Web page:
What a difference a day makes where the weather's concerned...yesterday was relatively warm and pleasant, whereas today was cold and gray and started out with drizzle that turned into light rain just as I reached the start of the hills I mentioned yesterday. See, where Route 1 splits off of US-101, the road starts out with a tremendous climb of about 1,000 feet over about 3.5 miles. This was the only warning I had of what was to come, and trust me, this did not bode well.
The climb went on and on, through nasty switchbacks and hairpin turns that made me really glad hardly anybody was driving through this narrow, twisting path. The few times anyone came along, they would dutifully slow down until they could see past me and safely go. All in all traffic didn't cause any real problems here. The main issues were the sheer steepness of the hill (mostly 6-7% grade but I'm pretty sure it hit 8% or more a couple of times). Incredibly, I only had to stop once on the climb, primarily because I just didn't want to stop and give my muscles a chance to lock up, but also because most of the time there wasn't really anyplace to safely rest, or take any good pictures. This is the only shot I was able to take and it was still raining (lightly) at the time.
I had no idea how long this hill would go on so I just kept going, very slowly, watching around each hill for any sign I was near the top. Finally it just sort of topped off without any kind of warning or anything and I found myself going down the other side of the ridge. On this side of the mountain, the sun was out (briefly) and I snapped this pic of the sort of twisty, narrow road I had to descend. Keep in mind it was wet, too, even though it's hard to tell in this shot. Oh, also, where the road banks right up there, it immediately winds left (you can just barely make this out in the image), drops down behind that batch of trees and then makes a hairpin turn to the right again. There were lots of signs warning to slow down to 25, 20, or even as few as 10 miles per hour for certain blind corners, and most of the time there were huge scrapes in the asphalt from places where trucks and RVs had gouged out a chunk of the road on the way around. These made significant obstacles for the descent, forcing me to keep my brakes tightly gripped until my hands hurt.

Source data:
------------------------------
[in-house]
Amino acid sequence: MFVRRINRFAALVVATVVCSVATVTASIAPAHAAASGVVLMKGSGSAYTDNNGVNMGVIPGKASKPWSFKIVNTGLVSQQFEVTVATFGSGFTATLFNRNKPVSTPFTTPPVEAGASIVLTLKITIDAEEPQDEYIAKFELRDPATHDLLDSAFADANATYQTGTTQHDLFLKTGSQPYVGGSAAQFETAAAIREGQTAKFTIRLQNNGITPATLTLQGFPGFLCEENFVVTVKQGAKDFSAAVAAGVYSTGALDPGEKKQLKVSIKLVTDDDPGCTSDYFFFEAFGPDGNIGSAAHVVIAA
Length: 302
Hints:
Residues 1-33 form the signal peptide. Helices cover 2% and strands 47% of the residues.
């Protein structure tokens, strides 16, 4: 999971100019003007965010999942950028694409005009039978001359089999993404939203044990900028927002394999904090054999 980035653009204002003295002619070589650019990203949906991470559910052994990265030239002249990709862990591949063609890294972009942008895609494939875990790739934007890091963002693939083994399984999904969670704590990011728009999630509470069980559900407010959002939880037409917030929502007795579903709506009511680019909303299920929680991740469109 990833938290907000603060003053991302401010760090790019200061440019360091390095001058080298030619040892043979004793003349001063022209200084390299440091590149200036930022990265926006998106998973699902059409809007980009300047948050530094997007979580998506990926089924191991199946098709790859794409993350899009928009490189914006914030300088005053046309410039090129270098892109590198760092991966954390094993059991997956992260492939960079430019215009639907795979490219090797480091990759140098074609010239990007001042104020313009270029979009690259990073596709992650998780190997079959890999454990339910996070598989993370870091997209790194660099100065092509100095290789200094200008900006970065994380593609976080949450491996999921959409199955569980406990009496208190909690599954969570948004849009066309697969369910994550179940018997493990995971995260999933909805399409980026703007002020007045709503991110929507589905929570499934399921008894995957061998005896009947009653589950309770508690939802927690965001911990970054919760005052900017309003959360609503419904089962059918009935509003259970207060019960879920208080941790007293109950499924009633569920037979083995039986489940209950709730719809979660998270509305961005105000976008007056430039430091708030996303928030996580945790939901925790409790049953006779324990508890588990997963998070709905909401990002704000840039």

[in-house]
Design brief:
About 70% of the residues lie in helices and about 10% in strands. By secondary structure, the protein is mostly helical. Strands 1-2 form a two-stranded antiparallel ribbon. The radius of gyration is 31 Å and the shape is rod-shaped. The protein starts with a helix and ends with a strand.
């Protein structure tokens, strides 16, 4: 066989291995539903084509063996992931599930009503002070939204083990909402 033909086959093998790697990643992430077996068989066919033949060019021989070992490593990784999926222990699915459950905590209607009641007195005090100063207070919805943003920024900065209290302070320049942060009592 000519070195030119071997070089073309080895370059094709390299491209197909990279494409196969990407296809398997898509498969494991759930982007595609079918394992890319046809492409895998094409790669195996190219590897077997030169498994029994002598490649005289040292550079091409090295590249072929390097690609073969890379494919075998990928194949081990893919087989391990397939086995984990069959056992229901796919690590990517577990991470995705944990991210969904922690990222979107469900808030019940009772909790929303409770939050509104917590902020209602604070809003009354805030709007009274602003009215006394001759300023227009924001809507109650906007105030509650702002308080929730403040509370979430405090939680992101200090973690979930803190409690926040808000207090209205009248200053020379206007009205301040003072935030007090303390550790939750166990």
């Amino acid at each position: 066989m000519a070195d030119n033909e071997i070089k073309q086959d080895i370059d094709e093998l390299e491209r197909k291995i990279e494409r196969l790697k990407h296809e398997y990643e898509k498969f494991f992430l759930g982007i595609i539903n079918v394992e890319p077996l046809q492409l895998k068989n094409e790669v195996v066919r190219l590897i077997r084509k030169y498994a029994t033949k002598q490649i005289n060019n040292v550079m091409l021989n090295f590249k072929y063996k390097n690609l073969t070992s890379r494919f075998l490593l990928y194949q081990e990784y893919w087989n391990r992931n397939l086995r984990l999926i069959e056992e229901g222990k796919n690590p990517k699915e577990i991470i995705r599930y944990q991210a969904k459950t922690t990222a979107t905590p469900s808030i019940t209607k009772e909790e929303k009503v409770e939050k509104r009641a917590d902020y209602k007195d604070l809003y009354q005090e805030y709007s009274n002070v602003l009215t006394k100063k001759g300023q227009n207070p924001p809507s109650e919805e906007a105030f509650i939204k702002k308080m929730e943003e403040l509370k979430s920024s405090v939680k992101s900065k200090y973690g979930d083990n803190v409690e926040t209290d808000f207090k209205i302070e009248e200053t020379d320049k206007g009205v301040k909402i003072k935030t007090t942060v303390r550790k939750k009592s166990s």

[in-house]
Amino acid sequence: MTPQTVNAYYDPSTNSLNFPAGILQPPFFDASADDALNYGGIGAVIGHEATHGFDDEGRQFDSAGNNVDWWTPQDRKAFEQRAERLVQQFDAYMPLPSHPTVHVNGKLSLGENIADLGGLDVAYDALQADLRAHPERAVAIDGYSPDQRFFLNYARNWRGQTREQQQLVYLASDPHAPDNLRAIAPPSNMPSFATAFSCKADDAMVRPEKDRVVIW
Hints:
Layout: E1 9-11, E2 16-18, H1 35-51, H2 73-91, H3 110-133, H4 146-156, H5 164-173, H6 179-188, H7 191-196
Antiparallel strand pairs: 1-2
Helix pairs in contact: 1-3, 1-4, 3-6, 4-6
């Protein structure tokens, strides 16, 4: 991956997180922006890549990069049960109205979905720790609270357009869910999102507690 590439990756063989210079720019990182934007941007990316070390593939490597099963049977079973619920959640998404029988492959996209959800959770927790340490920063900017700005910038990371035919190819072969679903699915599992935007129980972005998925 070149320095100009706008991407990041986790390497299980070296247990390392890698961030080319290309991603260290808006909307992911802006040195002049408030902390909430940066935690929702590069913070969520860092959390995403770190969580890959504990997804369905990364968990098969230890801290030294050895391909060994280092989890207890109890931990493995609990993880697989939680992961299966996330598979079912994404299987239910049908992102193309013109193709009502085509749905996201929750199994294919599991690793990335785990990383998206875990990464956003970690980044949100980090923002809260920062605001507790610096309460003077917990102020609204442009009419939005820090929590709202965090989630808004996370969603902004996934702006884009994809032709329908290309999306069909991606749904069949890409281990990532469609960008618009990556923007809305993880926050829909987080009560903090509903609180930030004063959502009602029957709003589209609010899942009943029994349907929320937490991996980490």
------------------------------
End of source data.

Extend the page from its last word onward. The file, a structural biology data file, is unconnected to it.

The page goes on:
The rain stayed away for a bit after the road leveled out in the valley, whereupon I spent about 20 more miles just going up and down, never really getting to enjoy any flat spots or anything like that. Then, when I got to the other side of the valley, there was another gruelling 2.5 mile climb uphill before the final descent to the coast. Unfortunately there were almost no places to take decent pictures because the trees were so thick. Here's one of the few shots I was able to get, just a tantalizing view of what I might've been able to see if only there was a nice opening or ledge somewhere.
Don't get me wrong, the scenery wasn't all that bad along the road, sort of like this most of the time. This is one of the last times I would see the sun all day. By this point it was also extremely cold (probably about 55 degrees) and I had my jacket on, so underneath I was sweating and getting very chilly every time the wind started up.
This was taken a couple minutes later, looking back at a section of hill I just climbed, as well as the thick forest all around. Again, note the low speed limit on the tight turns.